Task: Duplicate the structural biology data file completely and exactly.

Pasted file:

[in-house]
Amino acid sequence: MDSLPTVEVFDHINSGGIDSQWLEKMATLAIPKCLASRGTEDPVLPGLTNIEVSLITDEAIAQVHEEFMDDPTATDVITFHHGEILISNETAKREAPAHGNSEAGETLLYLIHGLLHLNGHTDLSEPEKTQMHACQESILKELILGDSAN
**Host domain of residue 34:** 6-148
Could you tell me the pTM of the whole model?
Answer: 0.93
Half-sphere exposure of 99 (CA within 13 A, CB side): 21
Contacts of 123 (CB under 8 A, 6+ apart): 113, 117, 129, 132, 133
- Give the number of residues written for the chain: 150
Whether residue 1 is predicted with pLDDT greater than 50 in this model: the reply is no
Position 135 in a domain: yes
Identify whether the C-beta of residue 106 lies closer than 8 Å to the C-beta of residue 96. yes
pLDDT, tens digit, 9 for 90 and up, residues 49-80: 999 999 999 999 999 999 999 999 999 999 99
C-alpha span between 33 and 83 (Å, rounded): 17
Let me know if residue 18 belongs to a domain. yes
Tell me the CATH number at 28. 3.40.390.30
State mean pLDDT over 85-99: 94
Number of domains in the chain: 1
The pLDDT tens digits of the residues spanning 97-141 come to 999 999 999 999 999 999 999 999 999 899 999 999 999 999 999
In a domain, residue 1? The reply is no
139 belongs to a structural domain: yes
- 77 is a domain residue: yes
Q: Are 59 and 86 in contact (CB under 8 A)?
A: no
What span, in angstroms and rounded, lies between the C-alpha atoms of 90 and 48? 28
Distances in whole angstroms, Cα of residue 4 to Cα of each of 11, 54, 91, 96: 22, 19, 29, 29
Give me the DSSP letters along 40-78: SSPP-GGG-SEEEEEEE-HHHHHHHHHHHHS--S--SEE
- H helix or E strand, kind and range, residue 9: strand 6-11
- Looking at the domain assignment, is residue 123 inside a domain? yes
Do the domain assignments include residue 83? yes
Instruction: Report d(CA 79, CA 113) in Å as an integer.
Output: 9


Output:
[in-house]
Amino acid sequence: MDSLPTVEVFDHINSGGIDSQWLEKMATLAIPKCLASRGTEDPVLPGLTNIEVSLITDEAIAQVHEEFMDDPTATDVITFHHGEILISNETAKREAPAHGNSEAGETLLYLIHGLLHLNGHTDLSEPEKTQMHACQESILKELILGDSAN
**Host domain of residue 34:** 6-148
Could you tell me the pTM of the whole model?
Answer: 0.93
Half-sphere exposure of 99 (CA within 13 A, CB side): 21
Contacts of 123 (CB under 8 A, 6+ apart): 113, 117, 129, 132, 133
- Give the number of residues written for the chain: 150
Whether residue 1 is predicted with pLDDT greater than 50 in this model: the reply is no
Position 135 in a domain: yes
Identify whether the C-beta of residue 106 lies closer than 8 Å to the C-beta of residue 96. yes
pLDDT, tens digit, 9 for 90 and up, residues 49-80: 999 999 999 999 999 999 999 999 999 999 99
C-alpha span between 33 and 83 (Å, rounded): 17
Let me know if residue 18 belongs to a domain. yes
Tell me the CATH number at 28. 3.40.390.30
State mean pLDDT over 85-99: 94
Number of domains in the chain: 1
The pLDDT tens digits of the residues spanning 97-141 come to 999 999 999 999 999 999 999 999 999 899 999 999 999 999 999
In a domain, residue 1? The reply is no
139 belongs to a structural domain: yes
- 77 is a domain residue: yes
Q: Are 59 and 86 in contact (CB under 8 A)?
A: no
What span, in angstroms and rounded, lies between the C-alpha atoms of 90 and 48? 28
Distances in whole angstroms, Cα of residue 4 to Cα of each of 11, 54, 91, 96: 22, 19, 29, 29
Give me the DSSP letters along 40-78: SSPP-GGG-SEEEEEEE-HHHHHHHHHHHHS--S--SEE
- H helix or E strand, kind and range, residue 9: strand 6-11
- Looking at the domain assignment, is residue 123 inside a domain? yes
Do the domain assignments include residue 83? yes
Instruction: Report d(CA 79, CA 113) in Å as an integer.
Output: 9